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Readers should be aware of a potential landmark decision from the National Labor Relations Board on Wednesday, March 26, 2014, in which the NLRB found that the Division I football players receiving scholarships at Northwestern University are employees of the university under the National Labor Relations Act. It is anticipated that the decision will be appealed by Northwestern University to the full National Labor Relations Board in Washington D.C. and possibly end up in front of the Supreme Court of the United States. The Board’s decision is limited to the football players at Northwestern University, but could pave the way for athletes at similar private universities. The Board’s decision was based on several specific factors listed below.
First, the Board found that scholarship football players perform services for the benefit of the University for which they receive compensation. In finding that the University benefits from the scholarship football players, the Board noted that Northwestern University’s “football program generated revenues of approximately $235 million during the nine year period between 2003-2012 through its participation in the NCAA Division I and Big Ten Conference that were generated through ticket sales, television contracts, merchandise sales and licensing agreements.” The Board found that the scholarships to the players are a transfer of economic value since the University pays for the players’ tuition, fees, room, board, books and a stipend for players living off-campus for up to five years, which can total up to $76,000 per calendar year at Northwestern University. The Board also found that “The fact that the Employer does not treat these scholarships or stipends as taxable income is not dispositive of whether it is compensation.”
Secondly, the Board found that the scholarship football players are subject to the University’s control in the performance of their duties as football players. The Board noted that the players who receive scholarships are under strict and exacting control throughout the entire year. The players are subject to NCAA eligibility guidelines as well as the team rules that are enforced by threat of discipline or loss of scholarship.
Third, the Board found that the scholarship players are employees under the common law definition. “Under the common law definition, an employee is a person who performs services for another under a contract of hire, subject to the other’s control or right of control, and in return for payment.” Brown University, 342 NLRB 483, 490, fn. 27 (2004) (citingNLRB v. Town and Country Electric, 516 U.S. at 94). The Board found that “players receiving scholarships to perform football-related services for the Employer (Northwestern University) under a contract for hire in return for compensation are subject to the Employer’s control and are therefore employees within the meaning of the Act.” However, the Board found that the walk-on players, those not receiving scholarships, do not meet the definition of “employee.” Similarly, the Board noted that unpaid interns, even if they are subject to similar terms and conditions of employment, are not employees because they did not receive compensation.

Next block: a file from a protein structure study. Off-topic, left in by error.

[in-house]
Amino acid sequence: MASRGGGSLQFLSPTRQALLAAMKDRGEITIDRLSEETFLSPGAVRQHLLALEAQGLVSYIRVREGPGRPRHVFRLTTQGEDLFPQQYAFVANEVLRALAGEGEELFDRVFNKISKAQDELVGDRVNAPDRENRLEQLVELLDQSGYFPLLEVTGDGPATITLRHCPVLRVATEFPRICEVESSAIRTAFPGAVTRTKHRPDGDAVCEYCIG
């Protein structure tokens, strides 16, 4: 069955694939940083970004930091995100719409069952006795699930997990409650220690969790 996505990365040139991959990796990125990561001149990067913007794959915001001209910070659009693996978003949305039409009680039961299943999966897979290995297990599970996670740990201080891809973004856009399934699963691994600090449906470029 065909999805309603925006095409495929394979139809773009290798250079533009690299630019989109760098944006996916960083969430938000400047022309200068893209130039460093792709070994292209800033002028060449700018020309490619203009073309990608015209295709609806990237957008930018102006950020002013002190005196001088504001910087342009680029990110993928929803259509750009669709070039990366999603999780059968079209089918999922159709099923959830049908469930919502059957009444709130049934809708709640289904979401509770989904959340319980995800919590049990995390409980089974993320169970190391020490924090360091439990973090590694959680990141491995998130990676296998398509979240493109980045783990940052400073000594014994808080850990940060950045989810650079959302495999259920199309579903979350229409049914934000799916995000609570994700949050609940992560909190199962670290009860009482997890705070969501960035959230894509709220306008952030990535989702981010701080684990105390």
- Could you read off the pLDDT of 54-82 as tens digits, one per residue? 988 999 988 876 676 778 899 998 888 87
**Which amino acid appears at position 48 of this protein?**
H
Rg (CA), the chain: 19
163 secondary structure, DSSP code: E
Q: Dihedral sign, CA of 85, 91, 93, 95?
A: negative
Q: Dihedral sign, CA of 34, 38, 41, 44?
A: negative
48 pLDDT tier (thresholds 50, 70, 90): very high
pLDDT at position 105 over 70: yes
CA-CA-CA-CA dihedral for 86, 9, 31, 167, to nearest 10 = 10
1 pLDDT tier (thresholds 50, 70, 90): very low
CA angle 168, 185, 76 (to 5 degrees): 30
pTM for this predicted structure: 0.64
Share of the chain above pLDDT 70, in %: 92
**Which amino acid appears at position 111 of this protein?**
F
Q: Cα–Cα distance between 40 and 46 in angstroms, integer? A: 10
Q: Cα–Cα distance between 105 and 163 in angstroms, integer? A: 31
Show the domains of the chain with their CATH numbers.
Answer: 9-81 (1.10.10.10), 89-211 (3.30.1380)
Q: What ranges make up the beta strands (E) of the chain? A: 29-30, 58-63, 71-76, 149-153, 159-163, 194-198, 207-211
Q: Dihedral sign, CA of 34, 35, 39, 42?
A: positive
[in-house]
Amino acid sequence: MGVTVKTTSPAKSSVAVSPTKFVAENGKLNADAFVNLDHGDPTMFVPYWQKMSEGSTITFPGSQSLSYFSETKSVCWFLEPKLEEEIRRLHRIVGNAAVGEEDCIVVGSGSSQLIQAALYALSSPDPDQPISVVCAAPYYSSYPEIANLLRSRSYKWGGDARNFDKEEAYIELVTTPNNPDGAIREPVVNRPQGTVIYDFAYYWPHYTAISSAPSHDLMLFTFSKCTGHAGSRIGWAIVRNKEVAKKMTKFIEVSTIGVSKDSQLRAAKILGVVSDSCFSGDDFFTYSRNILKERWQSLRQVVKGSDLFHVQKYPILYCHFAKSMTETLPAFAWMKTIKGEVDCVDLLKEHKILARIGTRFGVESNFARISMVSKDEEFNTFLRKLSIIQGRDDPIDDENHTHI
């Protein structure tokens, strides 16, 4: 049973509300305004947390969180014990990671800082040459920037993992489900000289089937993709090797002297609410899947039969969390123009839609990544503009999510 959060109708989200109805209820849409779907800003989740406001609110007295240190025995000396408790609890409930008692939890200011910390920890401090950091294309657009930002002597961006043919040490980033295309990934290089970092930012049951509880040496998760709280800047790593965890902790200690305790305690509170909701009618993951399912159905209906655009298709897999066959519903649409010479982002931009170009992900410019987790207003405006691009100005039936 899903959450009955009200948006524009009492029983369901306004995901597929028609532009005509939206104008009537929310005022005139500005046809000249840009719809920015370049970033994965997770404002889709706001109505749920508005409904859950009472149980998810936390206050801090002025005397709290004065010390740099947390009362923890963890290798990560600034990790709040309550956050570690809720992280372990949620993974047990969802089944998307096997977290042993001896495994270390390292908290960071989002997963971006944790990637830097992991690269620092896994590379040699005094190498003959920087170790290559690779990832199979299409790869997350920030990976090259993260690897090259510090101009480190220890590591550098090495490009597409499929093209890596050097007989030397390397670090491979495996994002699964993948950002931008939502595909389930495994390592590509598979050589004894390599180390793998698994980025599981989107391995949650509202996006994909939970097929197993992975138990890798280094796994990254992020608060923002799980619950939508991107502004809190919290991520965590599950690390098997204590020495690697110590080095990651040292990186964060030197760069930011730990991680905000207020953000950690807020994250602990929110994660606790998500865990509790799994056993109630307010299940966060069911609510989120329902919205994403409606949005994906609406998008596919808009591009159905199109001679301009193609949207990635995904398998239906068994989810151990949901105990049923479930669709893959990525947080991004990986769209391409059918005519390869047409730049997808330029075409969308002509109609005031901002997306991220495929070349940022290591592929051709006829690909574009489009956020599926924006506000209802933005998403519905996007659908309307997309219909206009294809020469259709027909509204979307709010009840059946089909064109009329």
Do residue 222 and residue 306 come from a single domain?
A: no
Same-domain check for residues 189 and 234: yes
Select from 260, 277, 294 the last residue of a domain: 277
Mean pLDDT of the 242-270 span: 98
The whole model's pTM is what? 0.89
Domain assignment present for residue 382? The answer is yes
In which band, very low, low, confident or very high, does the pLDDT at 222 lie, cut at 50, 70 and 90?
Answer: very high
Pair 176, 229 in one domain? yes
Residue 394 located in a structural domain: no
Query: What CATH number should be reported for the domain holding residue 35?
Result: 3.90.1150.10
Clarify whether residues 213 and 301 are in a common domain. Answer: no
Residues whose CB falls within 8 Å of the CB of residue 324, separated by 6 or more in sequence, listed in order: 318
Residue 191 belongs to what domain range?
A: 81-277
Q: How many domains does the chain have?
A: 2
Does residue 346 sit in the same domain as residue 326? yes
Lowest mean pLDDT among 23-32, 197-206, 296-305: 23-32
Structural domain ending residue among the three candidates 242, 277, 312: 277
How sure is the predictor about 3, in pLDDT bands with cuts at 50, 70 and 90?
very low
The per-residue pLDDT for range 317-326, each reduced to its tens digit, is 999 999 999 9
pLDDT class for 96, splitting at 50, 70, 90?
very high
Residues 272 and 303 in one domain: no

The Board specifically found that the statutory definition of employee articulated in Brown University, 342 NLRB 483 (2004), was not applicable to the football players at Northwestern University. In Brown University, the Board found that graduate assistants were not employees of the university since the relationship between the graduate assistant and the university was primarily an educational one, rather than an economic one.
The Board found the scholarship football players at Northwestern University were employees under the Act and that the College Athletes Players Association (CAPA) (Petitioner) is a labor organization within the meaning of the Act. The Board ruled that all football players receiving football grant-in-aid scholarships not having exhausted their playing eligibility that were employed by the Employer were eligible to vote whether or not they desire to be represented for collective bargaining purposes by CAPA. The Board specifically excluded office clerical employees, professional employees and supervisors from voting.
What are the possible implications of the Board’s Decision for Workers’ Compensation? If the decision is affirmed, the Board’s ruling has the potential to change the landscape of college sports and raises a number of important questions for workers’ compensation practitioners. Will the decision include Division I scholarship athletes for all sports at private universities? What kind of benefits will the labor union(s) be bargaining for? If the athletes are employees within the meaning of the Act, are they entitled to workers’ compensation benefits for injuries that occur while they are working? Should the scholarships received by the athletes be taxed as income and used to establish a wage? The ultimate impact of the decision remains to be seen and we will keep readers posted as this case moves forward.